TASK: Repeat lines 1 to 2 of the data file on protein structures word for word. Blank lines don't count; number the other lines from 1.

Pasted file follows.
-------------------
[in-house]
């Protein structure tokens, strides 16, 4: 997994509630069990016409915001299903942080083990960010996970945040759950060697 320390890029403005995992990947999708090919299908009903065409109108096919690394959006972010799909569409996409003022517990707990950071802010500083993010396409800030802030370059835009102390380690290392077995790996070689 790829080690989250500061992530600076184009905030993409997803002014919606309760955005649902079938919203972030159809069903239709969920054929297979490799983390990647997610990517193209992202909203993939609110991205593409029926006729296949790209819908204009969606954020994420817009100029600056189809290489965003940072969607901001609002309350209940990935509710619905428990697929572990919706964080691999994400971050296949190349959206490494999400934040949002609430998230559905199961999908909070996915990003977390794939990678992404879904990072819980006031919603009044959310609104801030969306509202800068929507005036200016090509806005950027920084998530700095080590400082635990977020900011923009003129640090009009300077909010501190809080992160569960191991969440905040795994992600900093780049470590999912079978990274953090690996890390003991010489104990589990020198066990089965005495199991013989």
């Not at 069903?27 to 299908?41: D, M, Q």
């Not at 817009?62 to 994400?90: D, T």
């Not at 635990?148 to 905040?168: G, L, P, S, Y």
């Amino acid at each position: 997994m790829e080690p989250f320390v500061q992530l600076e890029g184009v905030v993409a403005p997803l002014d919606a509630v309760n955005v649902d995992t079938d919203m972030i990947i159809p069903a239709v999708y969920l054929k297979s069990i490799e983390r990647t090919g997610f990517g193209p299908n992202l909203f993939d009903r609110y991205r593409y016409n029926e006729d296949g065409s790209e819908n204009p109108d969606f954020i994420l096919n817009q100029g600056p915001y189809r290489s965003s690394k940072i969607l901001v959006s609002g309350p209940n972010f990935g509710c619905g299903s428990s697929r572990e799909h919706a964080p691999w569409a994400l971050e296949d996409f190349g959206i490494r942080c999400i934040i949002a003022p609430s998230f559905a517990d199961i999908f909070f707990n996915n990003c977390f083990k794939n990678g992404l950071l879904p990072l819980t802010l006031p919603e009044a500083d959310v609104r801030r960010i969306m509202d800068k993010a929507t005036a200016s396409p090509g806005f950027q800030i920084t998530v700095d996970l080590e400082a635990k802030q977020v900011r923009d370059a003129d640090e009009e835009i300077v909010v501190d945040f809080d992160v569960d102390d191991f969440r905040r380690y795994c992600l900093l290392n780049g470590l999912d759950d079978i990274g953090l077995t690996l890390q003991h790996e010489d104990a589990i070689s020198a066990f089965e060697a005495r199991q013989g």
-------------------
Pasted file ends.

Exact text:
[in-house]
């Protein structure tokens, strides 16, 4: 997994509630069990016409915001299903942080083990960010996970945040759950060697 320390890029403005995992990947999708090919299908009903065409109108096919690394959006972010799909569409996409003022517990707990950071802010500083993010396409800030802030370059835009102390380690290392077995790996070689 790829080690989250500061992530600076184009905030993409997803002014919606309760955005649902079938919203972030159809069903239709969920054929297979490799983390990647997610990517193209992202909203993939609110991205593409029926006729296949790209819908204009969606954020994420817009100029600056189809290489965003940072969607901001609002309350209940990935509710619905428990697929572990919706964080691999994400971050296949190349959206490494999400934040949002609430998230559905199961999908909070996915990003977390794939990678992404879904990072819980006031919603009044959310609104801030969306509202800068929507005036200016090509806005950027920084998530700095080590400082635990977020900011923009003129640090009009300077909010501190809080992160569960191991969440905040795994992600900093780049470590999912079978990274953090690996890390003991010489104990589990020198066990089965005495199991013989």